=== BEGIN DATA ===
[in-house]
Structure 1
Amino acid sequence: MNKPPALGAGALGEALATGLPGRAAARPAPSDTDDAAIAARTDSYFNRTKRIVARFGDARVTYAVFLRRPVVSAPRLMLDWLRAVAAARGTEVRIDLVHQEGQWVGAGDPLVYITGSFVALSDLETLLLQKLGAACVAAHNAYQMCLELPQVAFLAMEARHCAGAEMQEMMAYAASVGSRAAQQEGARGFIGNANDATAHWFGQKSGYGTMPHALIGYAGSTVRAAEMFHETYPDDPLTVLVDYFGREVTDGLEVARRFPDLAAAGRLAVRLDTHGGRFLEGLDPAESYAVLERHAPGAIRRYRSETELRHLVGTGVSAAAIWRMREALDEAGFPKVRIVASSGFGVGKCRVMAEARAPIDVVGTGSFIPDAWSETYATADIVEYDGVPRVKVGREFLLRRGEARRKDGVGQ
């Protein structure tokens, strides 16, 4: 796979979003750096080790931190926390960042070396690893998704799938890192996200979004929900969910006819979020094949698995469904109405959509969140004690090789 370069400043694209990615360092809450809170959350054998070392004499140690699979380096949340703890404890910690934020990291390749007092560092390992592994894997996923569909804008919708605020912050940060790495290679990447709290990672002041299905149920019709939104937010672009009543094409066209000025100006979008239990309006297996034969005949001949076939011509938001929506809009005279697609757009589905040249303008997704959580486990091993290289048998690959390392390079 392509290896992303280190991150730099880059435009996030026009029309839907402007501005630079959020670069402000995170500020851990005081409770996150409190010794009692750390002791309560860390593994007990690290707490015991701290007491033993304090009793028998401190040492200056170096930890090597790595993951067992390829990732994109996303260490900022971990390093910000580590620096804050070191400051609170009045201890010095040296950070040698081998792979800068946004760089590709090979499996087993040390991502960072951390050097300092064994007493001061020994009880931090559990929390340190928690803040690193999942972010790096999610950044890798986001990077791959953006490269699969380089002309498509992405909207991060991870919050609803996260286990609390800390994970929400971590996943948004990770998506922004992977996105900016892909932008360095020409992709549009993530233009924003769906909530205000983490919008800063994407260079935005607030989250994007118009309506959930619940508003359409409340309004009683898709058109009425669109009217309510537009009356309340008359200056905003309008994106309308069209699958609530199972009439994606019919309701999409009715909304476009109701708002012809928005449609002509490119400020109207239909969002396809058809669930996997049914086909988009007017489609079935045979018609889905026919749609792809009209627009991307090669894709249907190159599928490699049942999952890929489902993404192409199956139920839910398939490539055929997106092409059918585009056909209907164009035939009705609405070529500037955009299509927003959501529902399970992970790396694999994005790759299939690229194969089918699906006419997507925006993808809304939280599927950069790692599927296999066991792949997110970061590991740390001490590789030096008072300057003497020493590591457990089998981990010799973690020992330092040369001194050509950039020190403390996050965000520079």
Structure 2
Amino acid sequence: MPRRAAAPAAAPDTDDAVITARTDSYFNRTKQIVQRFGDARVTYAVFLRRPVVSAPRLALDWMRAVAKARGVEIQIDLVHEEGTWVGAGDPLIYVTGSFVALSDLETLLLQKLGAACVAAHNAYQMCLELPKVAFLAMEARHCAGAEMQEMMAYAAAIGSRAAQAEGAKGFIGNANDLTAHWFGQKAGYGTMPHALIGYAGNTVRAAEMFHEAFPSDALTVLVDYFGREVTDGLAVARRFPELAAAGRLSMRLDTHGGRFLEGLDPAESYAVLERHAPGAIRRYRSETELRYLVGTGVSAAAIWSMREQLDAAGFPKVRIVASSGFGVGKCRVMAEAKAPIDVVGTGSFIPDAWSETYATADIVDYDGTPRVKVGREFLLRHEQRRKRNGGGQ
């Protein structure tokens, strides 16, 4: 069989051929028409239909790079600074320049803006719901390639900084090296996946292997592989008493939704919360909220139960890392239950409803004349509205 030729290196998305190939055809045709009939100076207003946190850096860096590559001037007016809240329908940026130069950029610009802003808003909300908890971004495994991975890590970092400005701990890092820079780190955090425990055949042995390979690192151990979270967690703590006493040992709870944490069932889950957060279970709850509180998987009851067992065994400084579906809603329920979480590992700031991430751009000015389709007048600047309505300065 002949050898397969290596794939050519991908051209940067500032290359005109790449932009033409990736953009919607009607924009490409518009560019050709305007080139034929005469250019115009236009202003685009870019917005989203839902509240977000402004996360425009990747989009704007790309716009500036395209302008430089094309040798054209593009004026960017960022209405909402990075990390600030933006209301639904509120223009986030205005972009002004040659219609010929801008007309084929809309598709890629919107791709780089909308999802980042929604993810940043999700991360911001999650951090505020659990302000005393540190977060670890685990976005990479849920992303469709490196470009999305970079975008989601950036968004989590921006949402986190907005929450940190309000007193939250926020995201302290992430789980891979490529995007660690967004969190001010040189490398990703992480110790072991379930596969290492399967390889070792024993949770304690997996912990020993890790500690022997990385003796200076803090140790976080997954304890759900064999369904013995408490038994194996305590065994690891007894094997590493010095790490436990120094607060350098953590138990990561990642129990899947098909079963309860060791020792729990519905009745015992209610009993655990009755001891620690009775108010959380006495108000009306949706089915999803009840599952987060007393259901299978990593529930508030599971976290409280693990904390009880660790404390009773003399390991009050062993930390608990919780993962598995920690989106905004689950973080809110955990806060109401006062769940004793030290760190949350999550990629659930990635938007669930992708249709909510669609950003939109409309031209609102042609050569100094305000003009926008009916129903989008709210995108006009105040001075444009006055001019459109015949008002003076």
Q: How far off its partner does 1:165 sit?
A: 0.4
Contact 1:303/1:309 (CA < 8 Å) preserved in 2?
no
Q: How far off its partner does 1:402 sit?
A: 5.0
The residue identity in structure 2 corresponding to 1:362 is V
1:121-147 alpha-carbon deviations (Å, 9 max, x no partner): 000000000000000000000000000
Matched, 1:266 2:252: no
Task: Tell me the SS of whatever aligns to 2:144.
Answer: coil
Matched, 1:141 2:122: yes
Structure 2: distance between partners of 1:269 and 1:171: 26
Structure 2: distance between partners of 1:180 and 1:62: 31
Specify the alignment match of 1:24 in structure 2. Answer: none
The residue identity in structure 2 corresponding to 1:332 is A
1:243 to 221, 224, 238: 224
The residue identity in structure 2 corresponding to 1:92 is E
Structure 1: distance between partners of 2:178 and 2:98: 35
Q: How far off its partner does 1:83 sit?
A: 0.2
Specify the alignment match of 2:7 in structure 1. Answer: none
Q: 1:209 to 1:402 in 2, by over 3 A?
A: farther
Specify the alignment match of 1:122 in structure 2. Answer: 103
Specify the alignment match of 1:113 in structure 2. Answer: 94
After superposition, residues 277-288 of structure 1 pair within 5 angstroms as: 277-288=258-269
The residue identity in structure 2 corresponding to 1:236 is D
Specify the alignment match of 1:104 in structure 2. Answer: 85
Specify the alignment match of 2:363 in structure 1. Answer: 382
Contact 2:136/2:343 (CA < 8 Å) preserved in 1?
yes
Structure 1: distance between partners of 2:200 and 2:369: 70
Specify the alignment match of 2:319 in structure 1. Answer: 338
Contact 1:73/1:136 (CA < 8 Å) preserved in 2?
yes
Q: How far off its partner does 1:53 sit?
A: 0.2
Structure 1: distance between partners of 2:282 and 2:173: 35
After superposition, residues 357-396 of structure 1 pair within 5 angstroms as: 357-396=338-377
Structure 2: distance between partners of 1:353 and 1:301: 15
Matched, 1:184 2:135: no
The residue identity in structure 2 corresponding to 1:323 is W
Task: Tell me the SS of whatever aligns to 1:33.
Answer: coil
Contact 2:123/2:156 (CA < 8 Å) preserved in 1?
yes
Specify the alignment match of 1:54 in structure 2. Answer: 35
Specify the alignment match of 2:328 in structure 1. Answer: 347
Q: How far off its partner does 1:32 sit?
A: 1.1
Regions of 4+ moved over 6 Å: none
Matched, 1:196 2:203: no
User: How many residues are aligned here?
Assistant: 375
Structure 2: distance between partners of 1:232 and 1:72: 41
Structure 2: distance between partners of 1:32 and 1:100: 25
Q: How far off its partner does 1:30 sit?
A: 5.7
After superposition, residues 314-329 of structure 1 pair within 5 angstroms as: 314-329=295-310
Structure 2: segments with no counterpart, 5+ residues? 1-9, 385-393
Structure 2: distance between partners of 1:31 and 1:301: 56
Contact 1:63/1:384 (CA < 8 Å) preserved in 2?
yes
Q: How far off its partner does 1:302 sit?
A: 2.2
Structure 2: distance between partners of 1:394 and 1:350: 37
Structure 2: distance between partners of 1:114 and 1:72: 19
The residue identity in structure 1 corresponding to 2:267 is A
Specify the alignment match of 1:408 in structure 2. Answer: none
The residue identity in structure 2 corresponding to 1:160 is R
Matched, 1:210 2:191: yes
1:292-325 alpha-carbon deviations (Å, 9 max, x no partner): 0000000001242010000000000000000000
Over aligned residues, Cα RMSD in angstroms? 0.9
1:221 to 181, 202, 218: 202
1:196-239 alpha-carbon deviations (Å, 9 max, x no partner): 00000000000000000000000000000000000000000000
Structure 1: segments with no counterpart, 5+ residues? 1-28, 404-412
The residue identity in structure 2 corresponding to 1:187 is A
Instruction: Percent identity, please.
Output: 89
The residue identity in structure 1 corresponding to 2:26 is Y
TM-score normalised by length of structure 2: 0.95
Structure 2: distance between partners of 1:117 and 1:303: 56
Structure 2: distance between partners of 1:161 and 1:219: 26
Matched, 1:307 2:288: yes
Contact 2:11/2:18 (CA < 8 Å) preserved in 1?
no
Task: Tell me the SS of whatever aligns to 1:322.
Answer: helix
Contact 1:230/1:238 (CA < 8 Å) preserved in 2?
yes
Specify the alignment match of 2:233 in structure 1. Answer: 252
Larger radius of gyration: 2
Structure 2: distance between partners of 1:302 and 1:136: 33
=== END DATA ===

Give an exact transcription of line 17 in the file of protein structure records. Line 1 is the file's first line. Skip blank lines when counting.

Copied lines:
Task: Tell me the SS of whatever aligns to 2:144.